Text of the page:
Dino Babers is a very good football coach. He’s not a magician, which is what he would need to be to get the talent on this roster to win consistently. And the weakness of the roster goes back a long way.
When he replaced Greg Robinson, Doug Marrone was able to develop talent and hide weaknesses with scheme to build Syracuse into a decent Big East team, which actually meant a decent team in what peaked as the sixth-best conference in the country. Marrone was not a great recruiter, but the improvement in the team’s record helped nudge the recruiting up accordingly.
Then, Marrone left as SU moved to the ACC, arguably the strongest college football conference.
Shafer recruited at a similar level, but was not nearly the same quality in-game head coach. He managed to get his first team to a bowl at 6-6 with a -128 point differential against Power 5 opponents in his first season, then collapsed. His recruiting tanked any momentum, as he often settled for projects that would commit early. (Some Shafer verbal commits Babers wouldn’t take went to FCS schools like Rhode Island and Towson.)
So, when SU faces high caliber competition, this team cannot hang. They can make some plays, but not enough. The Orange skill position players are smaller and slower. Drake Davis, who you may remember running away from the entire SU roster for an 87-yard TD on the first play of the third quarter for LSU, is 6’3” and 217 pounds. Nyheim Hines, who ran for 115 yards and a touchdown for N.C. State, won All-American honors last year in track. Syracuse has exactly zero players like them.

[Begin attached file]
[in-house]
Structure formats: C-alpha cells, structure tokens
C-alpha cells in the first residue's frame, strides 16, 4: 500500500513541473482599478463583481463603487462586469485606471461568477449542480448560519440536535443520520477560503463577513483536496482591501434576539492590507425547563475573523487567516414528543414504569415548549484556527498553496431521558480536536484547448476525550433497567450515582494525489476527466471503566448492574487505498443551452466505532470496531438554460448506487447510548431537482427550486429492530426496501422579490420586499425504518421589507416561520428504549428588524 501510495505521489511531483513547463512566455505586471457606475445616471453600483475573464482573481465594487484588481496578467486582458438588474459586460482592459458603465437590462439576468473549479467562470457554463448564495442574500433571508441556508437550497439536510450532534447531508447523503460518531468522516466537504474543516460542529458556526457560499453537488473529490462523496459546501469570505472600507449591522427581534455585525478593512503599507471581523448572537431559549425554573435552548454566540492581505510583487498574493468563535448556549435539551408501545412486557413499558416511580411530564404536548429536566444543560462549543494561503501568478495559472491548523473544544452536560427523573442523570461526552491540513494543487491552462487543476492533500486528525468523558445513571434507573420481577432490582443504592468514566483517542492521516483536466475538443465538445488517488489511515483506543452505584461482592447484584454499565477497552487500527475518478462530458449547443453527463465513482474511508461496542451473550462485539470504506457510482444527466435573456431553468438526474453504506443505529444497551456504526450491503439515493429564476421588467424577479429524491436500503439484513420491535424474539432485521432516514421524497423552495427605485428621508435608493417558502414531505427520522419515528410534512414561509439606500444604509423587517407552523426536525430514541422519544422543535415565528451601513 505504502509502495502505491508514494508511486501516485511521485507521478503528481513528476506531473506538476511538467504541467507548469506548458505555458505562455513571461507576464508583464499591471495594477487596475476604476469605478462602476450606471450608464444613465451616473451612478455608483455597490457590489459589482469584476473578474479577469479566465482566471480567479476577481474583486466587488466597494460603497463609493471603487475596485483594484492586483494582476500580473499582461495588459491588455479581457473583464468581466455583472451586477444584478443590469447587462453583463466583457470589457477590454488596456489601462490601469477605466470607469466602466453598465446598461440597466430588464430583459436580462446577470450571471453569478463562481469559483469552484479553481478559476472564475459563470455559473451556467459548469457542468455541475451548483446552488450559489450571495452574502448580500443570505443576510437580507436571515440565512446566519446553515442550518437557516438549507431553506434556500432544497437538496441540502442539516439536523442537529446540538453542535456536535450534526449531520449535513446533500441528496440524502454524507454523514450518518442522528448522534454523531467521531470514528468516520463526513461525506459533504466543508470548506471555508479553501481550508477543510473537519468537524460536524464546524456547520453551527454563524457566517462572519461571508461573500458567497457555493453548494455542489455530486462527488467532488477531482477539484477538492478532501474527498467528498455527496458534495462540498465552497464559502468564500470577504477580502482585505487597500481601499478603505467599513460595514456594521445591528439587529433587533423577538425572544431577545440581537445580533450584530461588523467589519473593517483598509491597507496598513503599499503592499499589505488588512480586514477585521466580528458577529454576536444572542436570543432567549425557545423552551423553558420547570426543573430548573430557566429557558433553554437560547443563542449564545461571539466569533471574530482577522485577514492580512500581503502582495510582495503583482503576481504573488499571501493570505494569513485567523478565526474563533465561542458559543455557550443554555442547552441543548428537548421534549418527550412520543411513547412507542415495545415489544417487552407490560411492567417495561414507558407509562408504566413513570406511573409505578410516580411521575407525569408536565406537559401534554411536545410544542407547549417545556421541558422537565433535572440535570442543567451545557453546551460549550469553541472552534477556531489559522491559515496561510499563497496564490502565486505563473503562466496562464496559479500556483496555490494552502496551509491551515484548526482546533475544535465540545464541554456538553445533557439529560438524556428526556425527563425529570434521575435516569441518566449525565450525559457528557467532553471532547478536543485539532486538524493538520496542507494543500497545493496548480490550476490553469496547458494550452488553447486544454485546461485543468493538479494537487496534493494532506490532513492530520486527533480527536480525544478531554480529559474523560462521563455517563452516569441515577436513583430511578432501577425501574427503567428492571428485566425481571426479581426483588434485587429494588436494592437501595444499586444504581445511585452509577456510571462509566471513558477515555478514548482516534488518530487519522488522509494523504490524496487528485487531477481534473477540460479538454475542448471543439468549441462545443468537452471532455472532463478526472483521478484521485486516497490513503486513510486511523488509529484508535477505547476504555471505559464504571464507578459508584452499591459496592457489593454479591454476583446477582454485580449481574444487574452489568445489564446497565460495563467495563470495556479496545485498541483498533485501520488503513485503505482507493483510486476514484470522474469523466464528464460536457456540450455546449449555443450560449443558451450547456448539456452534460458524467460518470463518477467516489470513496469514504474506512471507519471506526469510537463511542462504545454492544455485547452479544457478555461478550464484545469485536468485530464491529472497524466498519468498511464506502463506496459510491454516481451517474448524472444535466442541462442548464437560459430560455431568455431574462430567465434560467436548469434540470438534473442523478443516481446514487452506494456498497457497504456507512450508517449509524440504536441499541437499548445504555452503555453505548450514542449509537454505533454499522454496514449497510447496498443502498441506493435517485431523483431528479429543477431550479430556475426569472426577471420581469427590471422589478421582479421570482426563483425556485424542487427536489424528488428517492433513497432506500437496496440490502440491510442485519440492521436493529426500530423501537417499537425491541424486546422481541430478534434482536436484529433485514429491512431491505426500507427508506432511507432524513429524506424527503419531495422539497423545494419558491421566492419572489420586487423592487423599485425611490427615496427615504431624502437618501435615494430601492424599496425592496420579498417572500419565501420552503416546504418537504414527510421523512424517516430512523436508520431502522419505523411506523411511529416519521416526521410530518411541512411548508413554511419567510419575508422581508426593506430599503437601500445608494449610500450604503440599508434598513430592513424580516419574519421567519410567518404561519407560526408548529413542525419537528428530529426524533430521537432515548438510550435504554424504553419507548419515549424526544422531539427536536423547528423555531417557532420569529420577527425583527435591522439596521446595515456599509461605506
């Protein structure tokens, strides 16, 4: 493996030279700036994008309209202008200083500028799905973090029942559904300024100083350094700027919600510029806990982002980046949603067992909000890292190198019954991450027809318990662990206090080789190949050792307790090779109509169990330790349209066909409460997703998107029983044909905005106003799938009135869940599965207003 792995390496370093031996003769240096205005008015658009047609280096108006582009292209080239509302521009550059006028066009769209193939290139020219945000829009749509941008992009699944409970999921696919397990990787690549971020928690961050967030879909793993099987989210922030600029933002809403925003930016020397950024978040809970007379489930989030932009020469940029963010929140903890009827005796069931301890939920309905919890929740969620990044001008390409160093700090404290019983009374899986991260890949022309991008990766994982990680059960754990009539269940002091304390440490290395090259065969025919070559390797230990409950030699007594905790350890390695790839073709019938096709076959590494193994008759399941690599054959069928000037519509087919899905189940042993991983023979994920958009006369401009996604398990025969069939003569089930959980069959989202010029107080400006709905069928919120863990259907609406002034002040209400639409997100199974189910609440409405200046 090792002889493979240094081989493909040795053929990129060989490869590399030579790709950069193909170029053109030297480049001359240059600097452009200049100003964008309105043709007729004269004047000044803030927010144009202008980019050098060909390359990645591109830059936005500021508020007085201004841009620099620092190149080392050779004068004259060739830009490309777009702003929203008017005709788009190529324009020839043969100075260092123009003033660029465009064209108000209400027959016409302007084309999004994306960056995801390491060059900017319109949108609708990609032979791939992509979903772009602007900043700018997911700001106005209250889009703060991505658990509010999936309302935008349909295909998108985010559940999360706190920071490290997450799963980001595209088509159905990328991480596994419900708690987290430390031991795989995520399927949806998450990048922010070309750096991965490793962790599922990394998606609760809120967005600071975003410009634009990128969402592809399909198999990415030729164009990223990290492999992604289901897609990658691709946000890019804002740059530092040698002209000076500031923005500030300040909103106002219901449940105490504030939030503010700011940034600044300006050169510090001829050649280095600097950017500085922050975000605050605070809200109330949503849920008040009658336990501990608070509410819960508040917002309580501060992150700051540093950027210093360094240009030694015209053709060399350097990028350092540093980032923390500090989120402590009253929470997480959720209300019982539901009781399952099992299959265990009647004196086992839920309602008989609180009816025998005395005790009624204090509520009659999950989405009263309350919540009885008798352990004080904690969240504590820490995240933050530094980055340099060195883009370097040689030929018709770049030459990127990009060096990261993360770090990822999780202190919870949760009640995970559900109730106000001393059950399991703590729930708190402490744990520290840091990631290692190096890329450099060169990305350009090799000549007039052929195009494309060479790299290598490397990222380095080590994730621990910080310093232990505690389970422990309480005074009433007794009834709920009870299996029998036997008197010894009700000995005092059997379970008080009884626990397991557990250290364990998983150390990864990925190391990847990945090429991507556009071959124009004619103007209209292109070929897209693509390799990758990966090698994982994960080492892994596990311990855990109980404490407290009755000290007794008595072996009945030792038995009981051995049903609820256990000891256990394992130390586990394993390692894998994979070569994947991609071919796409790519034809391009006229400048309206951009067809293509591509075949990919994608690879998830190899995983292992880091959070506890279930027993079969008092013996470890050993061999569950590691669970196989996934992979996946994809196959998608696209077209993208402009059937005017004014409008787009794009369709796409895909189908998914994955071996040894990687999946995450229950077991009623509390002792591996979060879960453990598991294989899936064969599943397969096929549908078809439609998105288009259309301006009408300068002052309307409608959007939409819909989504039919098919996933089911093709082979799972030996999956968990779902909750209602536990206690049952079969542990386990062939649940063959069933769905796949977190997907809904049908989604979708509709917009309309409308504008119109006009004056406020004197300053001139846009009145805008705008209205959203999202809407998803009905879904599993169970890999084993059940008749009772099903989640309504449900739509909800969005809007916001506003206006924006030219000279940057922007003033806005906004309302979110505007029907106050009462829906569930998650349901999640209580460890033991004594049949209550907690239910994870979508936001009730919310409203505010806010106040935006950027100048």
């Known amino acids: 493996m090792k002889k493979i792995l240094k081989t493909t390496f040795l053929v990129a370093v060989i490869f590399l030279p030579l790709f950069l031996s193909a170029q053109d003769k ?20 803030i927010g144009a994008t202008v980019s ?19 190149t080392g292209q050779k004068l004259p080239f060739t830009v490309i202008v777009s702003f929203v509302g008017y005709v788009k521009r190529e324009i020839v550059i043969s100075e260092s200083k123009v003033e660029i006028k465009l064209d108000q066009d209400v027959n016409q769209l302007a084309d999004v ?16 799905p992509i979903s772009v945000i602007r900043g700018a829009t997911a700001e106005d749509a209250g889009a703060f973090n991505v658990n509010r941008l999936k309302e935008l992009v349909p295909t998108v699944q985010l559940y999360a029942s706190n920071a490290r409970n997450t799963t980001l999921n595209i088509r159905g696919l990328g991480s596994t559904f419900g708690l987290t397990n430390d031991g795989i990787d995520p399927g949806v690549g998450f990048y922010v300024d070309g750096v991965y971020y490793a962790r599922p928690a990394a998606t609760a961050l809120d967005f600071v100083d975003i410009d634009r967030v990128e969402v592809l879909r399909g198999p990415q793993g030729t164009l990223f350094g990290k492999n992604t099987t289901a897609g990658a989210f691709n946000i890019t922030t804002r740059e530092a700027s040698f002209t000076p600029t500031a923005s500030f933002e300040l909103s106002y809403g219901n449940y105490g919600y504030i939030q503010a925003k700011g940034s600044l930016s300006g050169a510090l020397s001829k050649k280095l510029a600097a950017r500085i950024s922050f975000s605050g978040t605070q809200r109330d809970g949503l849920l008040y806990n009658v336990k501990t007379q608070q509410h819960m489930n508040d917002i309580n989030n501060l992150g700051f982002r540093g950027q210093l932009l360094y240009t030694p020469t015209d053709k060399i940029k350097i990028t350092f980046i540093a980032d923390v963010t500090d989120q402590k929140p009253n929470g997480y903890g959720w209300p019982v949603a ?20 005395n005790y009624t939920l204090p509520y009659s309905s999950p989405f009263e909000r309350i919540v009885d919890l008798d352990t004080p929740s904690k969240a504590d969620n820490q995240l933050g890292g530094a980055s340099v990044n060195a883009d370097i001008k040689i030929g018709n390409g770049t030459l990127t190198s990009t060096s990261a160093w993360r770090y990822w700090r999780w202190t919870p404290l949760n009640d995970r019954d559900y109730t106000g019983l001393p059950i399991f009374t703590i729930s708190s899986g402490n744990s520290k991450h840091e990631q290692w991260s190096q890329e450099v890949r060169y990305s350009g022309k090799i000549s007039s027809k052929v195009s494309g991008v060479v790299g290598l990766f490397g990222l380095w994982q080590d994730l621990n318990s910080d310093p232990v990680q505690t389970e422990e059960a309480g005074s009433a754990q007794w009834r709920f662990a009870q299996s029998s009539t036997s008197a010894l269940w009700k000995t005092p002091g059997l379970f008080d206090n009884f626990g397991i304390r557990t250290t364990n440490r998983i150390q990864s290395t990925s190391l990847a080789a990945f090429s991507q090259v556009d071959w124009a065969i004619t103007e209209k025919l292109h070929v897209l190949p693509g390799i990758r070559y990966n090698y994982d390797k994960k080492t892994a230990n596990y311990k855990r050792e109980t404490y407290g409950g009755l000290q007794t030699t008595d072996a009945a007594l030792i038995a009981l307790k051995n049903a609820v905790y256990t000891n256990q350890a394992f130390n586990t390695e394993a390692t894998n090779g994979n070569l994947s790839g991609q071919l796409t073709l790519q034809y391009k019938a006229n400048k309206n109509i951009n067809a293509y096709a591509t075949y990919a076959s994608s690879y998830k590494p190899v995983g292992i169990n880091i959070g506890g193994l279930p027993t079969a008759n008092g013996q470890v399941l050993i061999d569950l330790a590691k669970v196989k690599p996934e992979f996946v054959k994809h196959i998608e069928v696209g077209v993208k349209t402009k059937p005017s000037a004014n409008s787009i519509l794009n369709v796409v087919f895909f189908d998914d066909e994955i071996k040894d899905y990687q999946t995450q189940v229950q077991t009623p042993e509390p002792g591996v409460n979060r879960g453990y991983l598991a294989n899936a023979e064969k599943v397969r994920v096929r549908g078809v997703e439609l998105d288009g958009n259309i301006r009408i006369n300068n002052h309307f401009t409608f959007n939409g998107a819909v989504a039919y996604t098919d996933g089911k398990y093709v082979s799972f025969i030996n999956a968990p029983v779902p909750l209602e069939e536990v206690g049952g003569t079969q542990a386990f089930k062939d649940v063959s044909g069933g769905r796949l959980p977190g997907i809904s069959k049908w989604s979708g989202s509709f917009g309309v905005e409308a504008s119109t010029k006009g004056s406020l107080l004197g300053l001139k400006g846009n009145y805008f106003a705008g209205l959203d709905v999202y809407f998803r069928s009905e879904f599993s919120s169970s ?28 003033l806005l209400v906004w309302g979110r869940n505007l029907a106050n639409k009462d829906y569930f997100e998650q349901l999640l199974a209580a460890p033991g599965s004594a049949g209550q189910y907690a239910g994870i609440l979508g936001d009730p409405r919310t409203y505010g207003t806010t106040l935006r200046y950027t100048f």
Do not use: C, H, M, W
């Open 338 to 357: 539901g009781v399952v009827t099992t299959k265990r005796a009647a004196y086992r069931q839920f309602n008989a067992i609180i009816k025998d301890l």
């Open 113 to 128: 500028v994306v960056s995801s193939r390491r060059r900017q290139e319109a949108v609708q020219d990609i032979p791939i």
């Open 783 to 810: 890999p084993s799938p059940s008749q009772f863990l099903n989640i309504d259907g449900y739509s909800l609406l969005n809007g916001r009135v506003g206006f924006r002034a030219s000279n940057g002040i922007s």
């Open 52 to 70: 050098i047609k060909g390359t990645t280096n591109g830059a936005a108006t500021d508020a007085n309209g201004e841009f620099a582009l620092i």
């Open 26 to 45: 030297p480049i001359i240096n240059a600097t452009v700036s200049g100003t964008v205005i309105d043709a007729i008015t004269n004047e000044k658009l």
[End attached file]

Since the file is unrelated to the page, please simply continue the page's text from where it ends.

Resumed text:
No one on SU’s roster is a definite NFL draft pick. The only guy with a chance at first team All-ACC is Sterling Hofrichter, the punter. A couple guys might make third team. Syracuse is still rolling out defensive ends who top out at 250 pounds, two starting linebackers under 220, and a starting wide receiver listed at 5’8”, 155.
The offense isn’t going to magically kick in. I still completely believe in Babers, but he’s playing with a weak hand.